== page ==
The Inspiration Series with Above & Beyond


One of the best things about Omnia coming to town this year has been the calibre of the acts they have been recruiting and no doubt as high season approaches it will only intensify. This month they are spoiling the island again with one of the most established and respected names in the game.. Above & Beyond!

They have consistently been one of the biggest names in the electronic music scene since they came together in 2000 and are a shining example of how to stay current and at the top of your game over a number of years. Constantly evolving and challenging themselves they have consistently been in the DJ Top 100 chart (from way back, when the list was super credible) regularly fill massive stadiums, run their own record labels, have a weekly radio show, and in 2014 showed how skilled they are as musicians with a critically acclaimed acoustic show which was nothing short of epic! In the same year they were also voted into Pete Tong’s Hall of Fame and are also the only act to have been voted for the Pete Tong Essential Mix of The Year more than once… solid AF!



With such a strong musical pedigree we knew the only feature to do on these guys was the Inspirations series. We spoke to Tony and asked him to pick 5 tracks that have truly inspired him and it’s a really eclectic and interesting selection with tracks from the likes of William Orbit and R.E.M amongst others… we hope you enjoy it as much as we did in the Secret Bali Life office!

These are five tracks I've found particularly inspiring over the years for various reasons.

Disco Citizens "Footprint" 
When I started clubbing in 1995 the music was mostly house music: there weren't discrete genres like there are now - even Paul Oakenfold played house music. And I loved it all, was fully committed to the whole scene but I wasn't inspired to make it myself, I was happy just to dance and listen and leave my music creation in the guitar playing/songwriting area, which felt quite discrete. 
And then I heard this track. I think Seb Fontaine played it first and it was on mix CD he did with Judge Jules. Disco Citizens was an alias of Chicane's Nick Bracegirdle. The combination of the cool sounds in it and the emotional string chords and the brilliant but simple piano melody made me want to try making dance music at home.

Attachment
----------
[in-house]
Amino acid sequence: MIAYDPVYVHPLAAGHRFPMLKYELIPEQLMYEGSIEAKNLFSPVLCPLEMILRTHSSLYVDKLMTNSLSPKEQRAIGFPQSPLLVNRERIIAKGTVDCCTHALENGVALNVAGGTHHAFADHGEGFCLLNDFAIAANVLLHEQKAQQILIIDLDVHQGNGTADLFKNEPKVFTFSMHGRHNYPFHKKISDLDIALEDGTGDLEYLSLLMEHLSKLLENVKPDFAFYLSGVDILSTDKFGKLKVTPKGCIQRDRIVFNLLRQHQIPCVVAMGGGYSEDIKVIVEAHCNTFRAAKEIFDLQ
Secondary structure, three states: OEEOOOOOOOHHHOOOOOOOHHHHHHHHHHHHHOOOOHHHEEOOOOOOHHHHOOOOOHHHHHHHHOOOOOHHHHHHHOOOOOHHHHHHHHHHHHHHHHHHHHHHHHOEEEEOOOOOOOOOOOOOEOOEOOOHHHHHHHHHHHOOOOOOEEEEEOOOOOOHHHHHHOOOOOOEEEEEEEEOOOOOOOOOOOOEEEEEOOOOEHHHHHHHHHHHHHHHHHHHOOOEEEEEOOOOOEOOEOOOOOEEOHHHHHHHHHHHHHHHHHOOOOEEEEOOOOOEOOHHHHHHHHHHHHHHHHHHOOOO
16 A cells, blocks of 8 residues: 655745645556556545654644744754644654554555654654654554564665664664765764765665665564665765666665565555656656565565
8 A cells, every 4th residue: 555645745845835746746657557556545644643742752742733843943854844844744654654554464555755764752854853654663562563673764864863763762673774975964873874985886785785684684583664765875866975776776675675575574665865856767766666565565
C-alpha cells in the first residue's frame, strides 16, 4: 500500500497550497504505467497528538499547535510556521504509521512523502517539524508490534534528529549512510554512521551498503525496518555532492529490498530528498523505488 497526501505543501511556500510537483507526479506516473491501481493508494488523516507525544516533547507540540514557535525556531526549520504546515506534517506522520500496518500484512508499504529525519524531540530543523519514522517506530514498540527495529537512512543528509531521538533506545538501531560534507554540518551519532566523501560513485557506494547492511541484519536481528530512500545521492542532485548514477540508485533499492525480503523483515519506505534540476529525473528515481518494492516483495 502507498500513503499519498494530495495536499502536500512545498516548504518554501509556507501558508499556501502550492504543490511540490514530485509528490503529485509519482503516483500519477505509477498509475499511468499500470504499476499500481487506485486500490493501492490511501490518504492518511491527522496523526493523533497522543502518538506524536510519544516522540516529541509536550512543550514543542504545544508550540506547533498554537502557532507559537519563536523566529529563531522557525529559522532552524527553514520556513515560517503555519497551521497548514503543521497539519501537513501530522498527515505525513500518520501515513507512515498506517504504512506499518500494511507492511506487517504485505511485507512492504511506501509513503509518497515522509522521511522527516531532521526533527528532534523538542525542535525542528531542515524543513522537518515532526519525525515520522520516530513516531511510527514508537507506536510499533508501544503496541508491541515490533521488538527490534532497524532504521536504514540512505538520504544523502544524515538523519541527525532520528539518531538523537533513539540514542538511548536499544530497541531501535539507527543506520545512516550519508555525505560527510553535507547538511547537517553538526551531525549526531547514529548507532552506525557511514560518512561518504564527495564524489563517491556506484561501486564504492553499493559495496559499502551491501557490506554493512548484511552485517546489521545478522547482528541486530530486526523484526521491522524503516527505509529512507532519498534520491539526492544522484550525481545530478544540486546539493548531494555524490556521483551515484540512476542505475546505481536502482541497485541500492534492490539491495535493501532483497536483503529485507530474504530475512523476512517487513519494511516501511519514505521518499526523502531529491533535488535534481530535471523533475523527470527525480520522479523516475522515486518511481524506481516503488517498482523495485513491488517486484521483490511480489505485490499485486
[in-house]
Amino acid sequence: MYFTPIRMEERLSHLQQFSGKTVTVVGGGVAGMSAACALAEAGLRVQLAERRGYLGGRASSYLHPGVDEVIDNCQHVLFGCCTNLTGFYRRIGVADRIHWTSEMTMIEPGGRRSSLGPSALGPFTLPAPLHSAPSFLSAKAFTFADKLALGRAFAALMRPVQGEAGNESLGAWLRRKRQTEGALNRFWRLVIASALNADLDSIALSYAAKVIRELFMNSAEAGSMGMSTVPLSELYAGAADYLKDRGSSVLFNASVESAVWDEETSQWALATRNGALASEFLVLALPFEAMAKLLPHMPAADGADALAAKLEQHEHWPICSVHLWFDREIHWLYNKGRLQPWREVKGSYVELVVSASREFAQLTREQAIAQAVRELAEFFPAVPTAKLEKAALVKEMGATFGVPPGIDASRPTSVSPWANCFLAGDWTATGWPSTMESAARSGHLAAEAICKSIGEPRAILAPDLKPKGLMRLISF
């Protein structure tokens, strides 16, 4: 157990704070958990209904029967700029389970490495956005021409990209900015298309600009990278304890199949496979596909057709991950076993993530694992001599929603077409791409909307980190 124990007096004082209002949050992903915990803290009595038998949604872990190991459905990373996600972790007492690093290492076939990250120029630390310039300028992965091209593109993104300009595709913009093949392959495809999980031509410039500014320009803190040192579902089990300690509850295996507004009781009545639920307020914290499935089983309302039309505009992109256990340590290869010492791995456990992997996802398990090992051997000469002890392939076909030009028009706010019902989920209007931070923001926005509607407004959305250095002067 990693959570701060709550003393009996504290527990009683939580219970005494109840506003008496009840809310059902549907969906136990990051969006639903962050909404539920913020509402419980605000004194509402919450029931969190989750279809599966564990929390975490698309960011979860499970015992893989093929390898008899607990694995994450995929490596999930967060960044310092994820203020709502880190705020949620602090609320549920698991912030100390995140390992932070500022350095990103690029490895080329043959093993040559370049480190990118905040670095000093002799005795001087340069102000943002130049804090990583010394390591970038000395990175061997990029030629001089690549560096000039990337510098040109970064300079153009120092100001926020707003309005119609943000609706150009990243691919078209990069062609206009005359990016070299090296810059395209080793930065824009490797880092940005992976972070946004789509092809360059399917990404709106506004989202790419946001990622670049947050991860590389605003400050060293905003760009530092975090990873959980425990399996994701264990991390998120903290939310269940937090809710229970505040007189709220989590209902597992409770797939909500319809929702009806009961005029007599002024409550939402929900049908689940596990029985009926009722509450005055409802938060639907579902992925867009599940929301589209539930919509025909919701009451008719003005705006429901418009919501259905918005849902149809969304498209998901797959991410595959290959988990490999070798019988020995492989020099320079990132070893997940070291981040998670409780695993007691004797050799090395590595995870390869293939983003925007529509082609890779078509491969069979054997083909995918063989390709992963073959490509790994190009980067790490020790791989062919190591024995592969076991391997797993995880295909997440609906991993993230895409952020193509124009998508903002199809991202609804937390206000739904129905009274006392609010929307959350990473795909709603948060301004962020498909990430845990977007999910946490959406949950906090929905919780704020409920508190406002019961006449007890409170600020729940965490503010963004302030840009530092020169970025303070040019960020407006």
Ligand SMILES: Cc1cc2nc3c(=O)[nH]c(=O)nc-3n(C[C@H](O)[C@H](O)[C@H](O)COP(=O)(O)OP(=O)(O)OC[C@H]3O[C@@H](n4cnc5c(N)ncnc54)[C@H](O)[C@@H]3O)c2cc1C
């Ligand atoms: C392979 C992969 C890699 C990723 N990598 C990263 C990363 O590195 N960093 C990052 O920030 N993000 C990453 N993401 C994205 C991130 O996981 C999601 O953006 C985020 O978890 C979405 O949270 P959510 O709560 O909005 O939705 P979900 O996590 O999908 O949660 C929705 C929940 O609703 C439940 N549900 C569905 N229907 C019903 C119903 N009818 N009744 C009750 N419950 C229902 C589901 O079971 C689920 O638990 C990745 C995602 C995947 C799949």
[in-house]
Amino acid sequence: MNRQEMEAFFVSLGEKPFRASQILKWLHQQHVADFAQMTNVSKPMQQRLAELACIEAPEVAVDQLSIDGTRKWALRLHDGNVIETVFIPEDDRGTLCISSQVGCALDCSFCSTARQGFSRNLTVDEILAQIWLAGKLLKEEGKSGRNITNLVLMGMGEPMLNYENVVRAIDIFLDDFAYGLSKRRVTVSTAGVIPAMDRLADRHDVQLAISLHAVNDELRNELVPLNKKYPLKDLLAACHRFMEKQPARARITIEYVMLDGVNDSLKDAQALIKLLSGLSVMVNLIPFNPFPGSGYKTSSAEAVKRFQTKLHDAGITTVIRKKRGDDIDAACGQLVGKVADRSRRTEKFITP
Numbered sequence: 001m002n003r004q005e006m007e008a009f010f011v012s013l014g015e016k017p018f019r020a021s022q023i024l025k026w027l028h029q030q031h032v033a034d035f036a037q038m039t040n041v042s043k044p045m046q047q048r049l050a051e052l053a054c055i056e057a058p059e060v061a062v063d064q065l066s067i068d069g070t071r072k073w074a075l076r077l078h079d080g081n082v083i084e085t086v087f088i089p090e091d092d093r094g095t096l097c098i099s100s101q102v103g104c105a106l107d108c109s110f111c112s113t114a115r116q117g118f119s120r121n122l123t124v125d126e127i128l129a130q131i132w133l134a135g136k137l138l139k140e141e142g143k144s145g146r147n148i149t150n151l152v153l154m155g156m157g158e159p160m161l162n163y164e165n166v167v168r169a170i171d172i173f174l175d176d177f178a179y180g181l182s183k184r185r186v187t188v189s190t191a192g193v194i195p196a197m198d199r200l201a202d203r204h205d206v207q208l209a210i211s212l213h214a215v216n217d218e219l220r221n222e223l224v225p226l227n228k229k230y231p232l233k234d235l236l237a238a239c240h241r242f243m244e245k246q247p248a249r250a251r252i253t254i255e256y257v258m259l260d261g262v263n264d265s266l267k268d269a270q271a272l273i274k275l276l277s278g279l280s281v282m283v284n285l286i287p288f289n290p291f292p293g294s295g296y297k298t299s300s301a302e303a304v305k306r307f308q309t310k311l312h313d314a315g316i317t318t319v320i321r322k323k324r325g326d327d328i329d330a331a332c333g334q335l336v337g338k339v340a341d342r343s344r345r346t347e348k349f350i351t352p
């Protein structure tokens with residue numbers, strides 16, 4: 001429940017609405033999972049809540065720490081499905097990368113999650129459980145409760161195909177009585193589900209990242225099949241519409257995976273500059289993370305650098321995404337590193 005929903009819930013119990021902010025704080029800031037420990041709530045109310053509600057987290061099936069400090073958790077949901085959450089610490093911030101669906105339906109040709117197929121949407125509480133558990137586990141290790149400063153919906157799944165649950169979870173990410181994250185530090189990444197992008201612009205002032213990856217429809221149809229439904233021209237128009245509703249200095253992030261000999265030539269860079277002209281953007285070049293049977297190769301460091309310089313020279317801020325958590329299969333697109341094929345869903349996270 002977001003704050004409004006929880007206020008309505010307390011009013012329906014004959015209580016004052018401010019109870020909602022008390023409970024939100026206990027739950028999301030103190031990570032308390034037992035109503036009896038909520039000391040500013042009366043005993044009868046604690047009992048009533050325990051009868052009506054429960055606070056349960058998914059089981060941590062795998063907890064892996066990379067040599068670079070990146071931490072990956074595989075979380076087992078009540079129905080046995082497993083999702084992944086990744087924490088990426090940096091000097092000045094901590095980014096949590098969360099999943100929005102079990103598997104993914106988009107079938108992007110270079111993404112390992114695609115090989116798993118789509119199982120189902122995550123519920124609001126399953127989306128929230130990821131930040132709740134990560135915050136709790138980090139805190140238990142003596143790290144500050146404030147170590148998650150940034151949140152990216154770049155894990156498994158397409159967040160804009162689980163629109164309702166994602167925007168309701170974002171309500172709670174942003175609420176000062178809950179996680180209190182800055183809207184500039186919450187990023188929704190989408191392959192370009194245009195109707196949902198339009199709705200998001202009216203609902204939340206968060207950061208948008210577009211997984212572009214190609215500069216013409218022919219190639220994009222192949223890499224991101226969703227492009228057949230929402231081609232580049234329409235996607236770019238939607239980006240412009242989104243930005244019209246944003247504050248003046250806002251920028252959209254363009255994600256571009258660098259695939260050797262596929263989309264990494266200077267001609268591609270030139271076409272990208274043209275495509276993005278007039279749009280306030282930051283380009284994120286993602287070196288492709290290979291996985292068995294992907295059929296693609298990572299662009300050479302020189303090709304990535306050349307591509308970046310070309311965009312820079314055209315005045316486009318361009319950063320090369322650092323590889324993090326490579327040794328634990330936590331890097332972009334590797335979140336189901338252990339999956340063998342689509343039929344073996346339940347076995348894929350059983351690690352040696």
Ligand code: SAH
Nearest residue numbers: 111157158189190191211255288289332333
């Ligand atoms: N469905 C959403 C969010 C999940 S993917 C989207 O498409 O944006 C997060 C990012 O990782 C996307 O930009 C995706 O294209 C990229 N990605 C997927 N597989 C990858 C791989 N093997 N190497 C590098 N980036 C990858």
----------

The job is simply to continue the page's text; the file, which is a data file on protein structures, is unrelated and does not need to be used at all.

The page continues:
The Timewriter "Lost In Lyrics"
A good friend of mine worked with German label Plastic City, who were doing a lot of really cool tech house at the time. Their superstar (in my eyes) was The Timewriter - Frank Cochois. Not only did he make great club tracks but he had made an extraordinary album called Letters From The Jester which had a huge influence on me and taught me things about how a dance music album could be put together, that really stayed with me while we were making Tri-State. He's put out more than his fair share of incredible albums since but this is, perhaps, my favourite track from his first. It's more breakbeat than house (which really works on the album to bring about contrast) and the use of different reverbs for the various parts gives the track an incredible sense of space. When the strings come in at 3.50 I just melt. The vocal is an out take from a vocal session and although Frank has no idea what the first phrases actually are, the second one is just priceless. 



William Orbit "Barbers Adagio For Strings" [Ferry Corsten Remix]
I commissioned this remix and the video whilst working with William Orbit at Warners. The original came from an album of classical music called "Pieces In A Modern Style" that we'd put out in 1994 - and deleted a week later. William had inadvertently included two pieces by Arvo Pärt who had a clause in his contract that precluded any electronic interpretations of his work. We were ordered to destroy all copies immediately -  but I kept a box at home and played it, every week, when I got back from clubbing. Barber's Adagio was the first track and over a few years I went from passively listening to actively thinking it could maybe live in the dance music world. Ferry was first on our list to do it as he'd just done "Out Of The Blue" which had a similar vibe in many ways. The final released version is an edit between two different remixes Ferry did and got to Number 4 in the UK singles chart. It was my biggest hit as a part time A&R man (I was actually marketing director at the time) and on the back of it we re-released "Pieces In A Modern Style" (with a new track list) that sold over half a million copies in Europe. After it came out I bought a Roland JP8000 (the distinctive synth Ferry used to make these riffs) and within a year was using it in Above & Beyond.



Jeff Buckley "Lover, You Should've Come Over" 
Aside from "Pieces In A Modern Style", the other post-clubbing album I rinsed was "Grace" by the incomparable Jeff Buckley. I found the voice he used completely inspiring, both in the writing and the execution. Fragile, powerful, emotional and honest it helped reinforce a side of my own songwriting that was emerging over those clubbing years. You can more than hear the influence of this song in our track Liquid Love, but I went to school on the whole album lyrically and have tried ever since to be as painfully honest and truthful. We did a bootleg remix of a Jeff Buckley live track that you may find called "Tongue Of God" but we were never able to clear it so I've not linked to it here.



R.E.M. "The Wrong Child"
Michael Stipe and R.E.M have probably been the most important lyrical and artistic influence on me over the years. They made a huge amount of important music and managed enormous success without ever compromising their artistic and business ideals. They teach me something new every week. This is my favourite R.E.M. track from my favourite album, Green, and is a masterclass in scene setting, rich character building, complex storytelling and passion.  If it doesn't make you cry there's something wrong with you.